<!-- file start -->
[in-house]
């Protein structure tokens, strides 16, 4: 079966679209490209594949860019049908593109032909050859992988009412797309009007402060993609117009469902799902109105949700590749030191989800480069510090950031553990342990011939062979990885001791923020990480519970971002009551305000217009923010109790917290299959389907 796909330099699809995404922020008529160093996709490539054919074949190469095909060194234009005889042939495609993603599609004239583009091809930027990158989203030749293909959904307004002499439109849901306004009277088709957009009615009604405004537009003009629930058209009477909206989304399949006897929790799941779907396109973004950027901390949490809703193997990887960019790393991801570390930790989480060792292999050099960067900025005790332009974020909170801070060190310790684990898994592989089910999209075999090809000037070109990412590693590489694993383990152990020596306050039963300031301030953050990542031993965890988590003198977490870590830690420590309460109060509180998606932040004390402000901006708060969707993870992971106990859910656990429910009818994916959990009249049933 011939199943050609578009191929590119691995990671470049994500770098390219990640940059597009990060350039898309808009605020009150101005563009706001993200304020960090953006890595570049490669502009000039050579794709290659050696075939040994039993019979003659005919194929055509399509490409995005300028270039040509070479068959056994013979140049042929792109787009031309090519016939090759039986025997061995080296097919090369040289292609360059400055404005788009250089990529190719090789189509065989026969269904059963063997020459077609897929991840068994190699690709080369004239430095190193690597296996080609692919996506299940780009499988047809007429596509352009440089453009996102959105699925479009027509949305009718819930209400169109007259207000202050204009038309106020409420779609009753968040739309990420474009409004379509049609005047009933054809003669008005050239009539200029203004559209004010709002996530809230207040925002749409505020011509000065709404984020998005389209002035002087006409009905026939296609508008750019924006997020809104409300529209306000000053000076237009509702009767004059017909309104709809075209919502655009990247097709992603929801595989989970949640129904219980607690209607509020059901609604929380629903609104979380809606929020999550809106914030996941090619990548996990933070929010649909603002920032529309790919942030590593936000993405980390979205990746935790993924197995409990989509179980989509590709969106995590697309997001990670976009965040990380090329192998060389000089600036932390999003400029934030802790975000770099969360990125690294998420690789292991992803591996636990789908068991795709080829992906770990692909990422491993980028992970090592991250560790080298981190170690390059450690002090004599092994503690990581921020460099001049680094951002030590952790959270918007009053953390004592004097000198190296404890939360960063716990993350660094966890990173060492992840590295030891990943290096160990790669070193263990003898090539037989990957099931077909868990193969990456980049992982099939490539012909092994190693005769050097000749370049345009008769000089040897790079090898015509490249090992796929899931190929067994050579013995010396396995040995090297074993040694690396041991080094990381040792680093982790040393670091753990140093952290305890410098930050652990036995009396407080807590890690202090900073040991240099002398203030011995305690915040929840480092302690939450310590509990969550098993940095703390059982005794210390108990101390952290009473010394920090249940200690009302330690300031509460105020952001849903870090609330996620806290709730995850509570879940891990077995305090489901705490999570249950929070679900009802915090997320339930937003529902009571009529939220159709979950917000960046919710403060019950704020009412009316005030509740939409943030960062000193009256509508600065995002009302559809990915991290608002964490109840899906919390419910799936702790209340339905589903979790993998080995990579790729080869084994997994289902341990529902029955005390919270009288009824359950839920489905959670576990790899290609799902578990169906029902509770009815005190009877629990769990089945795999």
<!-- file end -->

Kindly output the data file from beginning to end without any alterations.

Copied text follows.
[in-house]
């Protein structure tokens, strides 16, 4: 079966679209490209594949860019049908593109032909050859992988009412797309009007402060993609117009469902799902109105949700590749030191989800480069510090950031553990342990011939062979990885001791923020990480519970971002009551305000217009923010109790917290299959389907 796909330099699809995404922020008529160093996709490539054919074949190469095909060194234009005889042939495609993603599609004239583009091809930027990158989203030749293909959904307004002499439109849901306004009277088709957009009615009604405004537009003009629930058209009477909206989304399949006897929790799941779907396109973004950027901390949490809703193997990887960019790393991801570390930790989480060792292999050099960067900025005790332009974020909170801070060190310790684990898994592989089910999209075999090809000037070109990412590693590489694993383990152990020596306050039963300031301030953050990542031993965890988590003198977490870590830690420590309460109060509180998606932040004390402000901006708060969707993870992971106990859910656990429910009818994916959990009249049933 011939199943050609578009191929590119691995990671470049994500770098390219990640940059597009990060350039898309808009605020009150101005563009706001993200304020960090953006890595570049490669502009000039050579794709290659050696075939040994039993019979003659005919194929055509399509490409995005300028270039040509070479068959056994013979140049042929792109787009031309090519016939090759039986025997061995080296097919090369040289292609360059400055404005788009250089990529190719090789189509065989026969269904059963063997020459077609897929991840068994190699690709080369004239430095190193690597296996080609692919996506299940780009499988047809007429596509352009440089453009996102959105699925479009027509949305009718819930209400169109007259207000202050204009038309106020409420779609009753968040739309990420474009409004379509049609005047009933054809003669008005050239009539200029203004559209004010709002996530809230207040925002749409505020011509000065709404984020998005389209002035002087006409009905026939296609508008750019924006997020809104409300529209306000000053000076237009509702009767004059017909309104709809075209919502655009990247097709992603929801595989989970949640129904219980607690209607509020059901609604929380629903609104979380809606929020999550809106914030996941090619990548996990933070929010649909603002920032529309790919942030590593936000993405980390979205990746935790993924197995409990989509179980989509590709969106995590697309997001990670976009965040990380090329192998060389000089600036932390999003400029934030802790975000770099969360990125690294998420690789292991992803591996636990789908068991795709080829992906770990692909990422491993980028992970090592991250560790080298981190170690390059450690002090004599092994503690990581921020460099001049680094951002030590952790959270918007009053953390004592004097000198190296404890939360960063716990993350660094966890990173060492992840590295030891990943290096160990790669070193263990003898090539037989990957099931077909868990193969990456980049992982099939490539012909092994190693005769050097000749370049345009008769000089040897790079090898015509490249090992796929899931190929067994050579013995010396396995040995090297074993040694690396041991080094990381040792680093982790040393670091753990140093952290305890410098930050652990036995009396407080807590890690202090900073040991240099002398203030011995305690915040929840480092302690939450310590509990969550098993940095703390059982005794210390108990101390952290009473010394920090249940200690009302330690300031509460105020952001849903870090609330996620806290709730995850509570879940891990077995305090489901705490999570249950929070679900009802915090997320339930937003529902009571009529939220159709979950917000960046919710403060019950704020009412009316005030509740939409943030960062000193009256509508600065995002009302559809990915991290608002964490109840899906919390419910799936702790209340339905589903979790993998080995990579790729080869084994997994289902341990529902029955005390919270009288009824359950839920489905959670576990790899290609799902578990169906029902509770009815005190009877629990769990089945795999």